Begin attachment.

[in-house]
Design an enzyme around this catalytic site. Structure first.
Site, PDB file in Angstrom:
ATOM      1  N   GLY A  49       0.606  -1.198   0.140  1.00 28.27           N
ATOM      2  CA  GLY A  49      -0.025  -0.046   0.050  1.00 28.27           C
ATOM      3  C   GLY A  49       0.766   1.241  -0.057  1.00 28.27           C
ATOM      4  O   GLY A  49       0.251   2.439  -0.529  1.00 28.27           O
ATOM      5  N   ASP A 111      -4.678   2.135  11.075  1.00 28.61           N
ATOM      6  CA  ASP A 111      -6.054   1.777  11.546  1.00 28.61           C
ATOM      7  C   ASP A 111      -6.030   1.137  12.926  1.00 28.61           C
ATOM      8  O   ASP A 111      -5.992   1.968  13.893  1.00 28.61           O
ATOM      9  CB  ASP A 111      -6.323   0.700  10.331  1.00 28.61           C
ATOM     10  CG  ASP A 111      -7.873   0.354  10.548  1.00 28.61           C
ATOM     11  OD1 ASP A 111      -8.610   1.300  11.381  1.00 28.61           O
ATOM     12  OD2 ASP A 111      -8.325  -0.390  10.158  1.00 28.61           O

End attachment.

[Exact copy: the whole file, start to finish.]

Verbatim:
[in-house]
Design an enzyme around this catalytic site. Structure first.
Site, PDB file in Angstrom:
ATOM      1  N   GLY A  49       0.606  -1.198   0.140  1.00 28.27           N
ATOM      2  CA  GLY A  49      -0.025  -0.046   0.050  1.00 28.27           C
ATOM      3  C   GLY A  49       0.766   1.241  -0.057  1.00 28.27           C
ATOM      4  O   GLY A  49       0.251   2.439  -0.529  1.00 28.27           O
ATOM      5  N   ASP A 111      -4.678   2.135  11.075  1.00 28.61           N
ATOM      6  CA  ASP A 111      -6.054   1.777  11.546  1.00 28.61           C
ATOM      7  C   ASP A 111      -6.030   1.137  12.926  1.00 28.61           C
ATOM      8  O   ASP A 111      -5.992   1.968  13.893  1.00 28.61           O
ATOM      9  CB  ASP A 111      -6.323   0.700  10.331  1.00 28.61           C
ATOM     10  CG  ASP A 111      -7.873   0.354  10.548  1.00 28.61           C
ATOM     11  OD1 ASP A 111      -8.610   1.300  11.381  1.00 28.61           O
ATOM     12  OD2 ASP A 111      -8.325  -0.390  10.158  1.00 28.61           O